Sunday, January 22, 2017

left room

I didn't want to be alone.  In fact, I was actively avoiding being alone.  I knew if solitude came, loneliness came, quiet came, so would the tears.  That the monster who'd been hiding would peek its head around the corner, asking for recognition.

I didn't want to be alone.

But life plays mean tricks sometimes.  Plans fall through and people fail you and you turn the key in the lock and open the front door and it all falls down.

We have to go through the hardest grief alone sometimes.  Door opened, and my house was empty and the tv couldn't come on quick enough to fill the silent void.  And I crawled on the couch, because it had all found me, the moment I stepped in the door.

Grief scared me to death.  Like so many monsters who are terrifying without a face or name.  Grief lingered around that corner and I was certain that if I faced her, she would kill me.  If I let her show her face, she'd never leave.  

But there she was.  Asking to be seen, asking to be held.  

And I curled up on the couch, with post basketball game commentary humming in the background, and she crawled up there with me.  

Out of the shadows she came and her smallness devastated me.  

But she came and stayed a little while.  Curled her body up against mine as I wept tears, which had been hiding under the surface for more than a year.  If my boy had been here, he would have wiped the tears from my cheeks and told me it was okay.  "Don't cry, mommy.  It's okay."  

But Grief let them fall.  Finding the hollow place in my belly and quietly letting me feel the dangerous things.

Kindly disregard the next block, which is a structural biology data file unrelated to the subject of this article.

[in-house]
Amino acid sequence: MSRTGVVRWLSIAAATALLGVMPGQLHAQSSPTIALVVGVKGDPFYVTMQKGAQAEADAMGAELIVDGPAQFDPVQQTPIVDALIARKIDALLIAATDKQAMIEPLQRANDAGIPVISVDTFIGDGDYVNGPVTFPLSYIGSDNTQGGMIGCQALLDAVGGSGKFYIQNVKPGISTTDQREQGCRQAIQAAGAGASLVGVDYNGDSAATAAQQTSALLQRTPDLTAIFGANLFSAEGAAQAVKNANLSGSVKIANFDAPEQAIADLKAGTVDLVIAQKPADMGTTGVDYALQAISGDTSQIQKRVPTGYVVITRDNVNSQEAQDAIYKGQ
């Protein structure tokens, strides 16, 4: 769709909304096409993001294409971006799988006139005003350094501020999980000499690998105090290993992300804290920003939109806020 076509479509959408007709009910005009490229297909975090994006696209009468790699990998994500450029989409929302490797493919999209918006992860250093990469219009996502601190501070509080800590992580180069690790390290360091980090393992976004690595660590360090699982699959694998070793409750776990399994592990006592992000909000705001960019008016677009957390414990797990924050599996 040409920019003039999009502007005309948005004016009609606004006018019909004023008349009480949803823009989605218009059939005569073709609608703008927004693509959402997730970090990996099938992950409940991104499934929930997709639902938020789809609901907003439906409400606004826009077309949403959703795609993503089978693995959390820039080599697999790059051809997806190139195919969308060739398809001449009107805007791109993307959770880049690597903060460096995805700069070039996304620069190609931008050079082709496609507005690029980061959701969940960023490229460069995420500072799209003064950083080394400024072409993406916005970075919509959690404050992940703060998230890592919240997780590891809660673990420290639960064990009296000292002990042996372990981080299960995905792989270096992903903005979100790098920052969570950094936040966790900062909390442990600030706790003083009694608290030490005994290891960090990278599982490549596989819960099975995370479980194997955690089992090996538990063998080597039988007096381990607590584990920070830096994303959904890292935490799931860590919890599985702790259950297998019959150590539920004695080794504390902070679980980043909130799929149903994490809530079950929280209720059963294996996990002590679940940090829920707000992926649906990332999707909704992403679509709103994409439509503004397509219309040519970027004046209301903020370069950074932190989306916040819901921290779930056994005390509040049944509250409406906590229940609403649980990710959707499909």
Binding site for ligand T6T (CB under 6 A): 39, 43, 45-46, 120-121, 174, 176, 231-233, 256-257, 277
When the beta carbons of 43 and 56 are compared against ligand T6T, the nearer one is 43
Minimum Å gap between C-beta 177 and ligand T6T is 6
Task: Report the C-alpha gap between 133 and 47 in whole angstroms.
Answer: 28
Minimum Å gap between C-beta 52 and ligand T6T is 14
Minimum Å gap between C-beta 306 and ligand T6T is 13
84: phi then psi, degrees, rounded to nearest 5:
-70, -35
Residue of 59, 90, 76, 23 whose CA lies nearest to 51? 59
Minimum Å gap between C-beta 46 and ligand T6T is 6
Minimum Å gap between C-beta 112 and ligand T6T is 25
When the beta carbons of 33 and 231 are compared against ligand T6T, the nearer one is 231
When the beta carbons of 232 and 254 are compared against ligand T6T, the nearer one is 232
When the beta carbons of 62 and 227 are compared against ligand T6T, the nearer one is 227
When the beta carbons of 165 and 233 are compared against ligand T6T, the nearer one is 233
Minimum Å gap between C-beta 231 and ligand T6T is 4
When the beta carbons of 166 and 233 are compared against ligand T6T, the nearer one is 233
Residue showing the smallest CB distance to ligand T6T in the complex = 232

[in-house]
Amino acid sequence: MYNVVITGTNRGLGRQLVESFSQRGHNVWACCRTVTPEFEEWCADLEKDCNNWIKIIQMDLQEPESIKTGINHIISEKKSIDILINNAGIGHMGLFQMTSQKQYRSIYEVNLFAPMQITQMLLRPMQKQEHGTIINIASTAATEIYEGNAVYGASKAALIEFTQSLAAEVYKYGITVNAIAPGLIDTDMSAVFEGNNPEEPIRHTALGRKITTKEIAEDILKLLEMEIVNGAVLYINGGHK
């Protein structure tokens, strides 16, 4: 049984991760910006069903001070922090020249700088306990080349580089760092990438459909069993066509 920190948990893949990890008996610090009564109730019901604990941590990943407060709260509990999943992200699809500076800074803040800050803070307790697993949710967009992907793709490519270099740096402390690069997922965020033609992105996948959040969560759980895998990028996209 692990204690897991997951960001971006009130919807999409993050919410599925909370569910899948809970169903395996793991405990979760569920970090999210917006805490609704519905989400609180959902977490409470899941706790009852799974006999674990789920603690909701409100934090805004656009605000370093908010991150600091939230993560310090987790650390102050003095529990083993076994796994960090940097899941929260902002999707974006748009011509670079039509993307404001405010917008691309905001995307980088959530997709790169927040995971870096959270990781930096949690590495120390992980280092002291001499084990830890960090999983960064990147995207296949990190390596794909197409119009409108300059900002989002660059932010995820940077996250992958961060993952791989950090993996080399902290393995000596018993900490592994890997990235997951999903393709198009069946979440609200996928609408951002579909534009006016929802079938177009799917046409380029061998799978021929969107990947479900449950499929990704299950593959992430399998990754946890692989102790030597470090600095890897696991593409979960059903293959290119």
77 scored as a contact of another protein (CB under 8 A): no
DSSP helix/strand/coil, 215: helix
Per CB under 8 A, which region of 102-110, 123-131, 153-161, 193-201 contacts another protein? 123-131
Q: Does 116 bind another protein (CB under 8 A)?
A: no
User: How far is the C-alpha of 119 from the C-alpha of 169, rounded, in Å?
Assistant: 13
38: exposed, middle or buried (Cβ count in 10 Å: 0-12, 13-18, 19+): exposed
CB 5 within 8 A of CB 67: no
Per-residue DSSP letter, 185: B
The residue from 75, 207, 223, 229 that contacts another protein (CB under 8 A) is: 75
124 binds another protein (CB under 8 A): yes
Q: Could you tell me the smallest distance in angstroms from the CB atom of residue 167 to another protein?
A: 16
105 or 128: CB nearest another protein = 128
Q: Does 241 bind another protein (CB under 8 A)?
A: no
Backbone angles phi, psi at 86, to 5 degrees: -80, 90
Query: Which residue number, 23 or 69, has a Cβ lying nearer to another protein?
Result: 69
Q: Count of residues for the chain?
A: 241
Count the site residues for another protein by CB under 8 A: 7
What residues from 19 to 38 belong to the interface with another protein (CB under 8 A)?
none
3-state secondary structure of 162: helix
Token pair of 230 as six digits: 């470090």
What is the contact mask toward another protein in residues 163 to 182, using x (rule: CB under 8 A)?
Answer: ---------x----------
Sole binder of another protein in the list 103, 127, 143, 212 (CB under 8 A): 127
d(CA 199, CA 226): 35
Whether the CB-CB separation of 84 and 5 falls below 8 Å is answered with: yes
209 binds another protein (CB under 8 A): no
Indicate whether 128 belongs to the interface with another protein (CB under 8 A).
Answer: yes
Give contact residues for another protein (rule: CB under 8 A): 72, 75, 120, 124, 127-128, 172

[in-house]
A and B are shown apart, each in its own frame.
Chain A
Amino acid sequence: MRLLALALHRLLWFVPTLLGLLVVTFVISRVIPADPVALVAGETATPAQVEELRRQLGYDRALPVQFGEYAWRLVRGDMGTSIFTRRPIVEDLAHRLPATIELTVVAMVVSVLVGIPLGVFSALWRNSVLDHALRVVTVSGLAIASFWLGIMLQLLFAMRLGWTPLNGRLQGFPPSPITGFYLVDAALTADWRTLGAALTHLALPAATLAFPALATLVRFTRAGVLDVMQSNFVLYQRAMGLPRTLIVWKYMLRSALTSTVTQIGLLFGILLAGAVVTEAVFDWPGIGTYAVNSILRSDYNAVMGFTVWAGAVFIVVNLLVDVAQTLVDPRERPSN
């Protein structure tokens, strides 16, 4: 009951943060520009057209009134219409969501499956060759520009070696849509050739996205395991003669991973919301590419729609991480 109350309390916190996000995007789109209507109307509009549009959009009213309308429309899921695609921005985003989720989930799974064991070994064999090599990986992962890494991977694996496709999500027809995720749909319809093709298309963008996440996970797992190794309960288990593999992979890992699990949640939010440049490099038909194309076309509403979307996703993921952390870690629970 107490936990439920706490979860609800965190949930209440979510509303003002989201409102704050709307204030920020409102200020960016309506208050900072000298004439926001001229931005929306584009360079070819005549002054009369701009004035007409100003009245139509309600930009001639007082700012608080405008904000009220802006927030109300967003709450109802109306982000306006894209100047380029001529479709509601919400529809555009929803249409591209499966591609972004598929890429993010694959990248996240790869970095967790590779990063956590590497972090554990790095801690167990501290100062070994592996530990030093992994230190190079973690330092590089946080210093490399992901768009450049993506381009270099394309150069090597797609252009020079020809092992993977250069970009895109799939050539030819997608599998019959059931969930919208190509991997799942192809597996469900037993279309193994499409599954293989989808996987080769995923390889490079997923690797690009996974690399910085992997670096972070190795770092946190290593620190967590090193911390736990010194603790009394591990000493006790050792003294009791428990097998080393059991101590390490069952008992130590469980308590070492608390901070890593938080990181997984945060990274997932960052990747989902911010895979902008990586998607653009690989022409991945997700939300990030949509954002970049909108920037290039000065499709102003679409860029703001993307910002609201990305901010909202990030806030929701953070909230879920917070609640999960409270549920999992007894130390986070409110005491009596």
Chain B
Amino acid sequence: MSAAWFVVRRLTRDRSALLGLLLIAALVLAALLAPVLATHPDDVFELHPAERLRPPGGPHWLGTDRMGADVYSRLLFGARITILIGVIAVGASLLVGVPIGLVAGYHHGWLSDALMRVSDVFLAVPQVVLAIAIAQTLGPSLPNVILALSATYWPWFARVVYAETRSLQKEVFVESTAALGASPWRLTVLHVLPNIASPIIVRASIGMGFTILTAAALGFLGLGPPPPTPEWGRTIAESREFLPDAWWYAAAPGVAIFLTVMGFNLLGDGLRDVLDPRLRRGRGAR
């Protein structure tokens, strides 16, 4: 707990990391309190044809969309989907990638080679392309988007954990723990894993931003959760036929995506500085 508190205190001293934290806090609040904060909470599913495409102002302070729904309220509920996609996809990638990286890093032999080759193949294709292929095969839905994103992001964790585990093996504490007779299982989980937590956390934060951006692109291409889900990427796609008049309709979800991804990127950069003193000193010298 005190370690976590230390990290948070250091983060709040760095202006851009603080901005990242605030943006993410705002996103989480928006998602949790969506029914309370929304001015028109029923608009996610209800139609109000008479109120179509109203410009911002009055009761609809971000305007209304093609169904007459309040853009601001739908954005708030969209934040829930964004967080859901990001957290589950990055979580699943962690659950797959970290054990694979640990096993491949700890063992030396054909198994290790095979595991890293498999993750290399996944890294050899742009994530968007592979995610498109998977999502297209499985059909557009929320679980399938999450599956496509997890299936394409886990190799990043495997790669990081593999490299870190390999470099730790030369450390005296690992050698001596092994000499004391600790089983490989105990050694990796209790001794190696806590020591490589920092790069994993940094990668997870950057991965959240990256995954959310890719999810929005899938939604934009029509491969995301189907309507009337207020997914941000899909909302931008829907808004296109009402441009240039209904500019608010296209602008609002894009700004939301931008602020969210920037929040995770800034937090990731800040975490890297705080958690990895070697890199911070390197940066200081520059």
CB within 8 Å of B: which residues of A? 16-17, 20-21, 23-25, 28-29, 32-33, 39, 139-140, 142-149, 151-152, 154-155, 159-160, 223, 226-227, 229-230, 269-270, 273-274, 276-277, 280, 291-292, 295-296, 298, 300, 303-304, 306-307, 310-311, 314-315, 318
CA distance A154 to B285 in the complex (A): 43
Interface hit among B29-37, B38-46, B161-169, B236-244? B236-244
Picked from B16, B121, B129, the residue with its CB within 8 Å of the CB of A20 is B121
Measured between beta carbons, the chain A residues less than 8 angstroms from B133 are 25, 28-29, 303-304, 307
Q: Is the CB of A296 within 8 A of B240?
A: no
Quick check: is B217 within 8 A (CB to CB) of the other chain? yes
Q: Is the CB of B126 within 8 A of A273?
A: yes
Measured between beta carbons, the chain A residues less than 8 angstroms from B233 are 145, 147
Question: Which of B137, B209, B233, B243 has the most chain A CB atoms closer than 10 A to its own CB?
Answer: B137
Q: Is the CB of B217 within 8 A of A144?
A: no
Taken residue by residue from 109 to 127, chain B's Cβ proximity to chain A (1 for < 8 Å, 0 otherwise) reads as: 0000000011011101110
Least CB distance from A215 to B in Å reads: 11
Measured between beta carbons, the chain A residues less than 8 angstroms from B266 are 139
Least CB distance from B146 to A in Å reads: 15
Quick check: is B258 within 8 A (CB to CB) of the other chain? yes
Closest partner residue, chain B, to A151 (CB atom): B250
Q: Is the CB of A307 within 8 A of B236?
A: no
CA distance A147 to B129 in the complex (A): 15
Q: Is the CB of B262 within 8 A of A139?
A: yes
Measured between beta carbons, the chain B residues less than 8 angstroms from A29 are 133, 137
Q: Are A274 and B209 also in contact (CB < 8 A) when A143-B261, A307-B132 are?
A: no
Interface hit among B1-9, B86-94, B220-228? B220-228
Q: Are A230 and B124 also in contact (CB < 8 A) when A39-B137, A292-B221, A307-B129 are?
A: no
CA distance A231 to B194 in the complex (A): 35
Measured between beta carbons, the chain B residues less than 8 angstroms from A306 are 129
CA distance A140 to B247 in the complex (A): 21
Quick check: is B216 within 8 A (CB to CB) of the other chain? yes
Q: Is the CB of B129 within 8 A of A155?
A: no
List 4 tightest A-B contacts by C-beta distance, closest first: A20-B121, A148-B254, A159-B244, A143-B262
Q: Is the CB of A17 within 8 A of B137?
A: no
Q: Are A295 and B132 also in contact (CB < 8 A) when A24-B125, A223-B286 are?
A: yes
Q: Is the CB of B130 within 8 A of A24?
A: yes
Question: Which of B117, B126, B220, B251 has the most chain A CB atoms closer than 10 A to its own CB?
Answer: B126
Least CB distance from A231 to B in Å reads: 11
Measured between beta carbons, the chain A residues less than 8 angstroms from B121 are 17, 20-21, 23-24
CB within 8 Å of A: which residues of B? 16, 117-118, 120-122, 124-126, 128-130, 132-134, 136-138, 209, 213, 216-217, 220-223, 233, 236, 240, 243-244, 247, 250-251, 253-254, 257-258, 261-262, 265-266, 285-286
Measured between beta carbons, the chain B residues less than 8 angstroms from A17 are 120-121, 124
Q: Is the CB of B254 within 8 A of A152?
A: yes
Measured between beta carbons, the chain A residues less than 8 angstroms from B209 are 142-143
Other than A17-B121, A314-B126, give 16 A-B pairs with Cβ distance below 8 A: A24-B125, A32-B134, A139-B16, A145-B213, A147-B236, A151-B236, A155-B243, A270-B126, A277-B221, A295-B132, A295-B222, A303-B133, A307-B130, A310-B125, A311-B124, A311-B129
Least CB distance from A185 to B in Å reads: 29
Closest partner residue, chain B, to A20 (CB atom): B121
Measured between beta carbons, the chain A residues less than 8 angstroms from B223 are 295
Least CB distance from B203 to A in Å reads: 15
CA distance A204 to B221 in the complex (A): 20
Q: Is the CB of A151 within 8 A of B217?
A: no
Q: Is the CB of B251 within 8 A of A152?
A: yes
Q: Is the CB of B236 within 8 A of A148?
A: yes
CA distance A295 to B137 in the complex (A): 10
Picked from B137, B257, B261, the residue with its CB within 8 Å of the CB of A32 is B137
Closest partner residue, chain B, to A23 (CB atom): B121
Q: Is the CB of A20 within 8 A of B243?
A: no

Salty, swollen eyes kept searching for someone else to walk in.  Someone to save me from this ritualistic necessary.  Somehow I simultaneously knew what was happening would both wreck and save me.  But getting there felt heavy.  An ocean of water above my head, pressing on my lungs.

She invited me to the thoughts.  To hold them in my arms and feel their weight and examine their nature and decide where they belong.  To rename them, so I could find their place.  

Secrecy is not the same as privacy, Grief reminded me, as I counted all of her fingers and toes.  And she began to whisper about how, no matter how much I had feared she would, she would not be staying.

I whispered I was sorry.  Through tears and swollen eyes, I suddenly bemoaned how little room I had for her.  That somehow I had not made more space for her to stay.  As she prepared to go, going seemed worse than the staying.

It's not okay, but I forgive you.

Feel all of it, she encouraged me, so you don't have to feel it anymore.  Let me in, she had said, so you can feel something else.  And the bright lights became fuzzy. What had been dizzy, bright, and cold I was then allowed to put behind me. 

It was time to feel something else.

 In the quiet, basketball commentary bleeding into 11 o'clock news, I went to bed.  Navigating a jungle floor littered with Siberian Tigers and Brown Bears and Black Panthers.  

I woke up this morning and she's gone.  The hollow space in my belly has folded over on itself and all evidence remaining is in my swollen face. 

More dark rooms are coming.  I have more doors to open, leading to unknown spaces.  Spaces where room needs to be made.  Spaces, which are asking to be filled.  Spaces where maybe the light will come.  Spaces where the monsters hiding their faces in the corner need a name.

So much bravery is required for the filling and the redeeming.  

Grief left and made way for the courage though.  Her forgiveness left room for the good.